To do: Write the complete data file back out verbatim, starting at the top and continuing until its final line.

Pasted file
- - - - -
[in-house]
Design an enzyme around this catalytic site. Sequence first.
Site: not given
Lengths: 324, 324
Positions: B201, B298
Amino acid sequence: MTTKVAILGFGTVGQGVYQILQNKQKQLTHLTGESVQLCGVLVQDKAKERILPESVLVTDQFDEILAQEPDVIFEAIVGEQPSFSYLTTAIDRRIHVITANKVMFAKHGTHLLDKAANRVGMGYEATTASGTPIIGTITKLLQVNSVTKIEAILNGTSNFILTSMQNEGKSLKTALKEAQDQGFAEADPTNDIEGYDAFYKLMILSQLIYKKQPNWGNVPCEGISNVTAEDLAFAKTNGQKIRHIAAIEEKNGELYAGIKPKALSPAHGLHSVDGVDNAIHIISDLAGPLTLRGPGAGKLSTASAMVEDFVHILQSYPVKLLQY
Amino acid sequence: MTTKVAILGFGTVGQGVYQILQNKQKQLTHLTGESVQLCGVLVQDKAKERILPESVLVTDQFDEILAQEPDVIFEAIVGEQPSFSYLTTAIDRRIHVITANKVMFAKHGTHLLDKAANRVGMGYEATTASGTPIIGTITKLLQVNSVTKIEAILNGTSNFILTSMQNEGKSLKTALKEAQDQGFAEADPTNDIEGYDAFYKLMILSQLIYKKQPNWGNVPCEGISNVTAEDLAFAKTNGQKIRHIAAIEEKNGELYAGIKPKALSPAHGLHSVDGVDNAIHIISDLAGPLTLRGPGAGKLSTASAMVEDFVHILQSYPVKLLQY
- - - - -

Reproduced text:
[in-house]
Design an enzyme around this catalytic site. Sequence first.
Site: not given
Lengths: 324, 324
Positions: B201, B298
Amino acid sequence: MTTKVAILGFGTVGQGVYQILQNKQKQLTHLTGESVQLCGVLVQDKAKERILPESVLVTDQFDEILAQEPDVIFEAIVGEQPSFSYLTTAIDRRIHVITANKVMFAKHGTHLLDKAANRVGMGYEATTASGTPIIGTITKLLQVNSVTKIEAILNGTSNFILTSMQNEGKSLKTALKEAQDQGFAEADPTNDIEGYDAFYKLMILSQLIYKKQPNWGNVPCEGISNVTAEDLAFAKTNGQKIRHIAAIEEKNGELYAGIKPKALSPAHGLHSVDGVDNAIHIISDLAGPLTLRGPGAGKLSTASAMVEDFVHILQSYPVKLLQY
Amino acid sequence: MTTKVAILGFGTVGQGVYQILQNKQKQLTHLTGESVQLCGVLVQDKAKERILPESVLVTDQFDEILAQEPDVIFEAIVGEQPSFSYLTTAIDRRIHVITANKVMFAKHGTHLLDKAANRVGMGYEATTASGTPIIGTITKLLQVNSVTKIEAILNGTSNFILTSMQNEGKSLKTALKEAQDQGFAEADPTNDIEGYDAFYKLMILSQLIYKKQPNWGNVPCEGISNVTAEDLAFAKTNGQKIRHIAAIEEKNGELYAGIKPKALSPAHGLHSVDGVDNAIHIISDLAGPLTLRGPGAGKLSTASAMVEDFVHILQSYPVKLLQY